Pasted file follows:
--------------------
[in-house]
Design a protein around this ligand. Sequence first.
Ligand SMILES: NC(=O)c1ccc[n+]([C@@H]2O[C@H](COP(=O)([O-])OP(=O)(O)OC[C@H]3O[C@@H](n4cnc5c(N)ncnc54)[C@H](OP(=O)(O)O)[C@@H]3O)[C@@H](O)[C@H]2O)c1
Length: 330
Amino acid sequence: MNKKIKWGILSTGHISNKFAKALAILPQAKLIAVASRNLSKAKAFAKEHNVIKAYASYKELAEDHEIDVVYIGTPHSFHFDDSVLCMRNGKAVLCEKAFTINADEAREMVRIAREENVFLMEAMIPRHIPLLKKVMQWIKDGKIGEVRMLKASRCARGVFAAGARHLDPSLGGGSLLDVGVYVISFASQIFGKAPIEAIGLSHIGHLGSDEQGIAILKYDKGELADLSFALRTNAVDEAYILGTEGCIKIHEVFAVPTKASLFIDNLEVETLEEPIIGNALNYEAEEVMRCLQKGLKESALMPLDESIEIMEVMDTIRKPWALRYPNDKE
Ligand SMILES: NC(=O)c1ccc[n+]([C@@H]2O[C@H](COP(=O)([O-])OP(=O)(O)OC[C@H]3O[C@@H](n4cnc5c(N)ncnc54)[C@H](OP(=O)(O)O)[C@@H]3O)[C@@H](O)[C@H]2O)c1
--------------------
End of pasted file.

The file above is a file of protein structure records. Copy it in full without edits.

[in-house]
Design a protein around this ligand. Sequence first.
Ligand SMILES: NC(=O)c1ccc[n+]([C@@H]2O[C@H](COP(=O)([O-])OP(=O)(O)OC[C@H]3O[C@@H](n4cnc5c(N)ncnc54)[C@H](OP(=O)(O)O)[C@@H]3O)[C@@H](O)[C@H]2O)c1
Length: 330
Amino acid sequence: MNKKIKWGILSTGHISNKFAKALAILPQAKLIAVASRNLSKAKAFAKEHNVIKAYASYKELAEDHEIDVVYIGTPHSFHFDDSVLCMRNGKAVLCEKAFTINADEAREMVRIAREENVFLMEAMIPRHIPLLKKVMQWIKDGKIGEVRMLKASRCARGVFAAGARHLDPSLGGGSLLDVGVYVISFASQIFGKAPIEAIGLSHIGHLGSDEQGIAILKYDKGELADLSFALRTNAVDEAYILGTEGCIKIHEVFAVPTKASLFIDNLEVETLEEPIIGNALNYEAEEVMRCLQKGLKESALMPLDESIEIMEVMDTIRKPWALRYPNDKE
Ligand SMILES: NC(=O)c1ccc[n+]([C@@H]2O[C@H](COP(=O)([O-])OP(=O)(O)OC[C@H]3O[C@@H](n4cnc5c(N)ncnc54)[C@H](OP(=O)(O)O)[C@@H]3O)[C@@H](O)[C@H]2O)c1